The rockers of Guns N’ Roses are finishing off their farewell tour with a two and a half hour set at The Joint at the Hard Rock Hotel—singer/rapper Drake will kick off 2012 with a performance the following day. If you like your rock a little more alt, Franky Perez is playing a set at Rocks Lounge at the Red Rock Hotel; their other venues are hosting DJ BKNY at Lucky Bar, and Latin dance group Toto Zara at Onyx. Turntables more your speed? Steve Angello (the house DJ and one-third of DJ trio Swedish House Mafia will be spinning all night at XS Nightclub at Encore. And if “Party Rock” is your anthem of the year, LMFAO is coming to Haze at Aria for the midnight show.

In clubland, House of Blues at Mandalay Bay goes punk for the evening, with performances by Old Man Markley and NOFX, while producer and rapper B.o.B. takes over LAX at the Luxor. Poptart Fergie opens up the new outpost of 1OAK at the Mirage, while bandmate Will.i.am is spinning at Surrender at Encore with DJ Ammo. And for one of the biggest tickets of the night, R&B goddess Mary J. Blige opens RPM Nightclub at the Tropicana. Many VIP packages have already sold out, but the hotels are planning on making these concerts a party—even the cheap seats are sure to come along with a good time.

If you haven’t had enough (or, let’s face it, are still up the next day) dance out your hangover at Hyde, the new club opening at the Bellagio at 5pm on Jan. 1 with DJ88 spinning, snacks from Circo, and a special show by DJ Paul Oakenfold.

Las Vegas New Year’s Eve: To Drink

You may have noticed a significant omission in our last New Year’s Eve story—after all, how could we write a party round-up without including one of the biggest party cities of them all? But that’s only because what’s planned in Las Vegas for 2012 is so big, it required its own day. Herewith, our guide to the best of New Year’s Eve festivities in the hotels on the strip:

For a straight up club experience, the Spectacular Spectacular at The Palms sounds like it will be just that, with Paul Oakenfold playing at Rain, the John Legend afterparty (more on that later) at Moon, Miss Nevada USA hosting at Ghostbar, and a horde of Playboy bunnies taking over the Playboy Club. Naturally we’d suggest the VIP pass, for unlimited access to a selection of top-shelf liquor from 10pm to 1am at all the venues. At the Venetian and Palazzo, there’s a similarly comprehensive situation, with their five combined bars hosting Midnight Mix from 10pm to 2am, while DJ Sam Ronson spins on the terrace at Lavo, in the Palazzo, from 9pm to midnight, finishing up with a major fireworks display.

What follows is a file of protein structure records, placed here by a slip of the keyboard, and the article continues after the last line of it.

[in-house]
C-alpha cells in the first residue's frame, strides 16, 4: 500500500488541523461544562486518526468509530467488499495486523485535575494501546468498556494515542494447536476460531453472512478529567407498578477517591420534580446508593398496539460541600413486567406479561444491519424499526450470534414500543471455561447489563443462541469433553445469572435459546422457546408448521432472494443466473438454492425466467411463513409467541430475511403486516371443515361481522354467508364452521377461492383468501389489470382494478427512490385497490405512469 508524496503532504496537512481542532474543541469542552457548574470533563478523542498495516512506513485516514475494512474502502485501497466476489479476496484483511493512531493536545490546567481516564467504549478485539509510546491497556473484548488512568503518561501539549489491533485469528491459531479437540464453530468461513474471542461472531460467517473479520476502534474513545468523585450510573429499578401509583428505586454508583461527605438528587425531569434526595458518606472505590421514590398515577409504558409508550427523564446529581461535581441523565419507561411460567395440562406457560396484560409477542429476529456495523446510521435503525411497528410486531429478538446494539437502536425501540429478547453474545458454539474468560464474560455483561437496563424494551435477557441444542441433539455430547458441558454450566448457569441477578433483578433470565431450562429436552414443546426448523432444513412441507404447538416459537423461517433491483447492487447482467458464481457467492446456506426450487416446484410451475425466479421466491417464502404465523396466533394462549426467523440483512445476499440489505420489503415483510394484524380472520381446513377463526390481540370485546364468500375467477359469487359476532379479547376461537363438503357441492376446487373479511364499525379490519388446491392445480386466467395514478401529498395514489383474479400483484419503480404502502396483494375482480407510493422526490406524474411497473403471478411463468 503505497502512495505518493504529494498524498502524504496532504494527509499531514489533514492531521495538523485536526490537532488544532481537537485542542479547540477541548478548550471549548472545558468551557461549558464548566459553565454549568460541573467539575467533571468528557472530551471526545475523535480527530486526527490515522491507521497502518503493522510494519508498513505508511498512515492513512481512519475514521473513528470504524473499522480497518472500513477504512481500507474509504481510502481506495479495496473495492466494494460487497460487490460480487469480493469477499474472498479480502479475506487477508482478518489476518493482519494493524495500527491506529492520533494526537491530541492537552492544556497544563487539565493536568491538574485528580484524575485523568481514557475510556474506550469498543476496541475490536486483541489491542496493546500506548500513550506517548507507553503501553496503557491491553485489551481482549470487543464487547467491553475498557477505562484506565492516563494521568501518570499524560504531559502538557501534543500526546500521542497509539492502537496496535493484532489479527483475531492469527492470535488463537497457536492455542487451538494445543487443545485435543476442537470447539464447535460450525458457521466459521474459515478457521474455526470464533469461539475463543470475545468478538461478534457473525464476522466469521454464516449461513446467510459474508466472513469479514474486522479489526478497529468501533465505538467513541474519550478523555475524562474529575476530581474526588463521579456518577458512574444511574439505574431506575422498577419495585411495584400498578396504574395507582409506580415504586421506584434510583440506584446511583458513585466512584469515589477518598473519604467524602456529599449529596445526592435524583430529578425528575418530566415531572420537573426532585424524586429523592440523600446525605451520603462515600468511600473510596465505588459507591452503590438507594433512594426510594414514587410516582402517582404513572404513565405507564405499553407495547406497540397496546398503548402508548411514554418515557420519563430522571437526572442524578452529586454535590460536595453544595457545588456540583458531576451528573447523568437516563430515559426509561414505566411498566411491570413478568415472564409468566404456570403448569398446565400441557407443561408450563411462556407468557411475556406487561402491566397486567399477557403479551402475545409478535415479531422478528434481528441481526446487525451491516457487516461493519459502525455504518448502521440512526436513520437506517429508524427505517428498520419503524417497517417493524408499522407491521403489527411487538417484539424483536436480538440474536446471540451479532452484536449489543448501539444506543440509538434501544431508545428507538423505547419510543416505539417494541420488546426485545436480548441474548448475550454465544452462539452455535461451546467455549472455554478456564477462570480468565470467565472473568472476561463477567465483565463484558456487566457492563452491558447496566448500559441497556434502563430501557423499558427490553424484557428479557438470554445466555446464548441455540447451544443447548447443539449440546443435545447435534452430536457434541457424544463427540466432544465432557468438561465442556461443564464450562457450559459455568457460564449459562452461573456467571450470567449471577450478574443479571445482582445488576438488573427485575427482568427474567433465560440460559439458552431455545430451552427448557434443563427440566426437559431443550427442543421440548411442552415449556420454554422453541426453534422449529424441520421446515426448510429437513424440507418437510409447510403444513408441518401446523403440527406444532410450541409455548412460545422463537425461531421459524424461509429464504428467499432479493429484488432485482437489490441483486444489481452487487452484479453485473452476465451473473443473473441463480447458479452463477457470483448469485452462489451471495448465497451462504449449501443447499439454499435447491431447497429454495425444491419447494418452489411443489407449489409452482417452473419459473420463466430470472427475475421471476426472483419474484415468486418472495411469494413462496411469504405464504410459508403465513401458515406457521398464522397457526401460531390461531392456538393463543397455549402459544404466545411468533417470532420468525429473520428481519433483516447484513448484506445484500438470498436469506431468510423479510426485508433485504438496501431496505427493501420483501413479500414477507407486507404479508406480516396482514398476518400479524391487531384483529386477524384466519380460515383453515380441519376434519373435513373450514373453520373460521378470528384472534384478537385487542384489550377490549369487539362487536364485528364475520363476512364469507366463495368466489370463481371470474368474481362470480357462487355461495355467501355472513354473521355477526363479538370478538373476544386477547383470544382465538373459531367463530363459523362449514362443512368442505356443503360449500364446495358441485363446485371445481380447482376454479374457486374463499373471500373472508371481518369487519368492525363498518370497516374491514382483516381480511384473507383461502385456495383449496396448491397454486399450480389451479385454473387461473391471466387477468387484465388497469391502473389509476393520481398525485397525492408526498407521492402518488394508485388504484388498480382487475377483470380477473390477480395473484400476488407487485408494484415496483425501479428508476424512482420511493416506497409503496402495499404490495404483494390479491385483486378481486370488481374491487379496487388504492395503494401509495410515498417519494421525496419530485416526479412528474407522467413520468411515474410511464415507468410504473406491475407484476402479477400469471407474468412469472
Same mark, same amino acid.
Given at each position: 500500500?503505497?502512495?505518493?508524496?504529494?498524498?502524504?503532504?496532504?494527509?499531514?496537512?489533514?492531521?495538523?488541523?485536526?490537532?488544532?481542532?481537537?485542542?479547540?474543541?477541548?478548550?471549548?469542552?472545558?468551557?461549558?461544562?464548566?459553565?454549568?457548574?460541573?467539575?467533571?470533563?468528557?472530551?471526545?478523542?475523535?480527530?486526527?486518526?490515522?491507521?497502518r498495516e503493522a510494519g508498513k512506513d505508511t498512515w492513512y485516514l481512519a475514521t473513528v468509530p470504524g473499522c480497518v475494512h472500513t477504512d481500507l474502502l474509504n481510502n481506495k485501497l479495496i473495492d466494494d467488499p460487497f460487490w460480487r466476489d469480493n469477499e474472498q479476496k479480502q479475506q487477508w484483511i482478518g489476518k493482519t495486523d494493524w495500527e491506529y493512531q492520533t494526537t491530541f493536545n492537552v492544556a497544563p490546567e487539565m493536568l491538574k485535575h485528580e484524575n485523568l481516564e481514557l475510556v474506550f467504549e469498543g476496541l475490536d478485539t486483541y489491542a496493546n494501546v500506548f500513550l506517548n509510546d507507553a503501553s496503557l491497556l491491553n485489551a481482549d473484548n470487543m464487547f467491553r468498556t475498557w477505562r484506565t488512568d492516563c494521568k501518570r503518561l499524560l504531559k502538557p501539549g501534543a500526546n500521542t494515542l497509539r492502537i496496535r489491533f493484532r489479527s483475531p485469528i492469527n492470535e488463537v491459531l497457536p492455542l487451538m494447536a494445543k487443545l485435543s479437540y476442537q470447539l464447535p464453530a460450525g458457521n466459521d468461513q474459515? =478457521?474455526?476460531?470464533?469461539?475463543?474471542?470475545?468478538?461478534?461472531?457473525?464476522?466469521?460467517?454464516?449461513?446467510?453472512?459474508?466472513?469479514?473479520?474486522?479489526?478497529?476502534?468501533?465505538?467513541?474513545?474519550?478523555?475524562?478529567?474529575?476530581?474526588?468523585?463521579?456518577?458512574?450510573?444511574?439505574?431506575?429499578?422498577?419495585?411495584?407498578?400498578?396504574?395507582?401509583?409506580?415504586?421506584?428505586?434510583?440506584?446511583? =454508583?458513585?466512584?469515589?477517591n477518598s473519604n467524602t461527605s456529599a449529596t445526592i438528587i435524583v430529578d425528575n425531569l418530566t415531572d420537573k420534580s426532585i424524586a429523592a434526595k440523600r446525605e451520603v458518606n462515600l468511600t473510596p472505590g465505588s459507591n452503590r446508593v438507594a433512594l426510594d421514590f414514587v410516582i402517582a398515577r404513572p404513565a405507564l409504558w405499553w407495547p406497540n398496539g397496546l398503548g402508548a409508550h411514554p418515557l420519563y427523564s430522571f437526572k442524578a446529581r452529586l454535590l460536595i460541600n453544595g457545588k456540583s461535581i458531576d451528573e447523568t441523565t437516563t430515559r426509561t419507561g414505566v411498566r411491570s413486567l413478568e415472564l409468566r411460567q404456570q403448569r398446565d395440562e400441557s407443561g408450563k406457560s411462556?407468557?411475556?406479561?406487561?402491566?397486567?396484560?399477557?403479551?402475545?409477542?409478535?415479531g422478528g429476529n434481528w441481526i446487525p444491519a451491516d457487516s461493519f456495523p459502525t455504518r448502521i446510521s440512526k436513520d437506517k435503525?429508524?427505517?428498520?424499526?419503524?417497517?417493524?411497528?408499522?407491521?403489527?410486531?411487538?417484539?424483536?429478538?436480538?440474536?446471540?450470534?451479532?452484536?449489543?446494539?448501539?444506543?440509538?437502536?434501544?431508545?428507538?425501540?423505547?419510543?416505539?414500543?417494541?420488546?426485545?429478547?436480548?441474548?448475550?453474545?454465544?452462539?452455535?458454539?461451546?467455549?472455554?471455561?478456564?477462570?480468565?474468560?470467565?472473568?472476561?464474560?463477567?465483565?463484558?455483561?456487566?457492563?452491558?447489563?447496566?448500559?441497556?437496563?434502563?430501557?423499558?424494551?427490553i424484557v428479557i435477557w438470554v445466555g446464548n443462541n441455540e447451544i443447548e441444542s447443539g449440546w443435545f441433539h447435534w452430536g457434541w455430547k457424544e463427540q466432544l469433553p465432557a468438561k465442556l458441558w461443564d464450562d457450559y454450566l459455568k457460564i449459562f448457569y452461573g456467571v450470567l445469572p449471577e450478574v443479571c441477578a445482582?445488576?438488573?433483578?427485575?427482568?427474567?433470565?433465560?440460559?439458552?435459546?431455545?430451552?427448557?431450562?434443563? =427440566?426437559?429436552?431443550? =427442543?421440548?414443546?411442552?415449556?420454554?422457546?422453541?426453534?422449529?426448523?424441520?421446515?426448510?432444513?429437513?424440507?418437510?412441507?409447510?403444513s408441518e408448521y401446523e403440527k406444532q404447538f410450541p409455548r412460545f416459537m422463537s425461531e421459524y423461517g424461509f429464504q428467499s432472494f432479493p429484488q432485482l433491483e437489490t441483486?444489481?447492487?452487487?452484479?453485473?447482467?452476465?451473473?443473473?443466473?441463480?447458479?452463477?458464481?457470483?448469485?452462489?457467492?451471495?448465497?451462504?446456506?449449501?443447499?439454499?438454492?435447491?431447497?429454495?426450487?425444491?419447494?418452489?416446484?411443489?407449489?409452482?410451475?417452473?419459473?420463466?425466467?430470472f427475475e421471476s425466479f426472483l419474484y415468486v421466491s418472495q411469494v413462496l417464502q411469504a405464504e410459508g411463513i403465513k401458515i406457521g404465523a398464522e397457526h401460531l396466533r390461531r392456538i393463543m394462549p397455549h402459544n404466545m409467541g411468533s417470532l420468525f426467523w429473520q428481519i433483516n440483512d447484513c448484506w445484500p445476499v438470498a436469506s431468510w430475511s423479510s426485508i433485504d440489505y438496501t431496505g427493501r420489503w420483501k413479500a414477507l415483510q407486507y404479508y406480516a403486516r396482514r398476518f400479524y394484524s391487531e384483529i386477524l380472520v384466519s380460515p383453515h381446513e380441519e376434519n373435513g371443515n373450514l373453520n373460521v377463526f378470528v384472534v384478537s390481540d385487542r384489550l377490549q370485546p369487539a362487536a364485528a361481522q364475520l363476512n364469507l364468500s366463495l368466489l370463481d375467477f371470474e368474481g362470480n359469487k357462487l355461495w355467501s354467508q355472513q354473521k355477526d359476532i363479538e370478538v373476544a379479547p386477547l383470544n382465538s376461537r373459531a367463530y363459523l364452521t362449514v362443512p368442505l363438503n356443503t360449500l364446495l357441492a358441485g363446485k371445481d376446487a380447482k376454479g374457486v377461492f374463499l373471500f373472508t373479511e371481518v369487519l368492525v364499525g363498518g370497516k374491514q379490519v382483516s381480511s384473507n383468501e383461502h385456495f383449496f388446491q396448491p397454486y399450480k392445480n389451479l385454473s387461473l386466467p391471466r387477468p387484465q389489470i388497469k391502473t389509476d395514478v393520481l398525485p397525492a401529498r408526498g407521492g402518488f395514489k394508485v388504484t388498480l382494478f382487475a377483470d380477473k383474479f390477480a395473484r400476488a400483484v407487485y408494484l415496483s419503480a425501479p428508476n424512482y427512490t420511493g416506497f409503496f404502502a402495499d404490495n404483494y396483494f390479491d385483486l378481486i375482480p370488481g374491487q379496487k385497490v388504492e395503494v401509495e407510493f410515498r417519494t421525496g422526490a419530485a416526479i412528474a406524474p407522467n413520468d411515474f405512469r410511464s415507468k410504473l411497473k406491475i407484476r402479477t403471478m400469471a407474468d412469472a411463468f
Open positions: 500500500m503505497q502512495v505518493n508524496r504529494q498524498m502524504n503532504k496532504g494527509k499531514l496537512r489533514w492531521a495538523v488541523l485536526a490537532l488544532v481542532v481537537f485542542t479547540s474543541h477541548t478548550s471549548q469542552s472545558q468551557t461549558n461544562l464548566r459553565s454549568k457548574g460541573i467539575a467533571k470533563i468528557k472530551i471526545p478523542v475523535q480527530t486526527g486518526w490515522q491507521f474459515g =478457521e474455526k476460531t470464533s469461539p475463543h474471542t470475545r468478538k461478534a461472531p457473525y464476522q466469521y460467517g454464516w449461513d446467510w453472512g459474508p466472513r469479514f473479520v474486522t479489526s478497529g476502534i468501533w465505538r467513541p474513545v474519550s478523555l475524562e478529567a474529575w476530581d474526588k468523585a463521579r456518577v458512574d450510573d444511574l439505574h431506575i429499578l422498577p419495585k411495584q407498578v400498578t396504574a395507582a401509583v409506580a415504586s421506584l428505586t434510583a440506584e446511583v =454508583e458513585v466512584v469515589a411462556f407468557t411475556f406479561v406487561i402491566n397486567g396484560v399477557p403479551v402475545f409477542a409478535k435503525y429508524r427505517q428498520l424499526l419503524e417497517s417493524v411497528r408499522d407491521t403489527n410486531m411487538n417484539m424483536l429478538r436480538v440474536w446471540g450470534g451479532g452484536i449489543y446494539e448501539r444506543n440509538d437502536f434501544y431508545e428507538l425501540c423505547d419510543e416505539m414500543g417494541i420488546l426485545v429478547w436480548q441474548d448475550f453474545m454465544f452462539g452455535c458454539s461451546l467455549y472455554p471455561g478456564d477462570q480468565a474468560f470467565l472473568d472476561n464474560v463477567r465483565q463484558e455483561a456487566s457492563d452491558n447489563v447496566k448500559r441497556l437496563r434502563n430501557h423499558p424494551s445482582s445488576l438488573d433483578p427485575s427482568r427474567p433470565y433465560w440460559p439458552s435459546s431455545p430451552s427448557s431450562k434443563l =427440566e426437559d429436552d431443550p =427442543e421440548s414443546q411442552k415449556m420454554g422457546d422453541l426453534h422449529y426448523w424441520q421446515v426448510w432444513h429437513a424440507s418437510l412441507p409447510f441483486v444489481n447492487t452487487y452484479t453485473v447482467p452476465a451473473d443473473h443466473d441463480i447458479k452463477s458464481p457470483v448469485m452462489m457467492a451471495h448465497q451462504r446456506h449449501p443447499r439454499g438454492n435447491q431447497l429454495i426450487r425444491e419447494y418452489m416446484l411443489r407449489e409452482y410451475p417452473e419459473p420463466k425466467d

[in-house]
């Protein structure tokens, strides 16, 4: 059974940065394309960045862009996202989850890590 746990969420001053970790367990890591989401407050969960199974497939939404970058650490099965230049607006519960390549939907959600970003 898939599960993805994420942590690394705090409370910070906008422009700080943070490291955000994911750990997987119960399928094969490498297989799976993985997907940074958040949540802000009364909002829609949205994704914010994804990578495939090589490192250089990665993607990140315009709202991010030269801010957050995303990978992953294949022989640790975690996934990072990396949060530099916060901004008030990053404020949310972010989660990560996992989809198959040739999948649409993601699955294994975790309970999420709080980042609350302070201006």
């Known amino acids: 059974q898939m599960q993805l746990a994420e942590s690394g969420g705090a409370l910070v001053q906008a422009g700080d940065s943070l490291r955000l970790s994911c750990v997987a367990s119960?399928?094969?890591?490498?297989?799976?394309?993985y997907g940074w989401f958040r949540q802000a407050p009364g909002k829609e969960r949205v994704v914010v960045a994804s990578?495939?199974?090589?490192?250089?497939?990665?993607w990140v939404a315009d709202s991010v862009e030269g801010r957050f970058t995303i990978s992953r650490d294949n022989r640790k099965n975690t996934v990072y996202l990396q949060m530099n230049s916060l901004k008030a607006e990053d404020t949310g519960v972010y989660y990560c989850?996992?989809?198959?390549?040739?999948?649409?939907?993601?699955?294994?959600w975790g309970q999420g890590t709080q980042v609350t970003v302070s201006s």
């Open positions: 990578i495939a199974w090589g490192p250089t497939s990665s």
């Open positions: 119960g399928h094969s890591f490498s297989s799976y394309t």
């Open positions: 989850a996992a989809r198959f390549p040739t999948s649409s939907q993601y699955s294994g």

For a loungey experience, the heavenly bodies of Cirque du Soleil will be lighting up the room at Gold Lounge at the Aria Hotel, while the heavenly bodies of the Kardashian siblings will be spread around town, hosting (for better or worse) what are sure to be hot tickets: Kim at Tao at the Venetian, Kourtney and Scott at Chateau Gardens at Paris Las Vegas, and Rob at Tryst at the Wynn. And make room for some nostalgia: Pamela Anderson will host at Studio 54 at the MGM Grand, a big goodbye bash at the 14 –year-old venue, which will be closing early next year, while starlet Taryn Manning will be hosting at Tabu with DJ Kid Jay.

Stay tuned for our guide to Las Vegas’ most lavish eateries, up next…

Celebrating Our First Man On The Moon: A Vegas Party Spot, Vintage Shirts, Unearthed Audio

Forty years ago today, America landed on the moon. It was awesome. Fourty years later: it’s still awesome. How’re we gonna celebrate this historic occasion in human exploration? By getting drunk in Vegas, dressing for the occasion, and watching the BlackBook Exclusive *real* footage that was never previously released.

Partying: If there’s one appropriate place to be tonight, it’s the Moon. Or rather, Moon, in Vegas, at The Palms. It’s at the top of the hotel, above the Playboy Club—where the view’s pretty good—but gets better once you step in, where a retractable roof, a patio that looks over the Strip, a glowing dance floor, and a location where George Clooney picked up his last girlfriend sits pretty. Worth whatever you have to do to get in, it’ll be a great time, tonight.


Commemorative Fashion: Okay, so maybe you shouldn’t wear this tonight—you’ll be like the guy who wears the band t-shirt to the band’s concert, and you should never be that guy—but HOMAGE, a T-Shirt company that boldly proclaims to “turn back the clock with shout outs to eclectic moments and personalities,” put together a pretty awesome Buzz Aldrin shirt, pictured below. The HOMAGE shirts are butter-soft, are perfect fits (not too big, not too tight), and get lots of looks. I would know, I bought their JCC Basketball last September, and it’s still in every laundry cycle, and it’s awesome, bright blue has faded just enough to look believably vintage. I still get asked about it. Pretend you were there when it happened and blow $40. Just don’t try to pass it off as authentic, craterface. Not cool.


Googling: You can pretend to be an Astronaut, because Google turned their little Google Street Maps guy into one. Stupid, but strangely satisfying.


Secret Video: We promised, and we delivered. The conspiracy that we didn’t land on the moon is patently ridiculous. The real conspiracy, however, is that the audio used for the moon landing that was subsequently dubbed over for the American Public. We present it to you here, for the first time. The audio’s a little NSFW, but the truth is NSFH (Not Safe For History). The Truth Is Out There, people.

Las Vegas: Home for the Holidays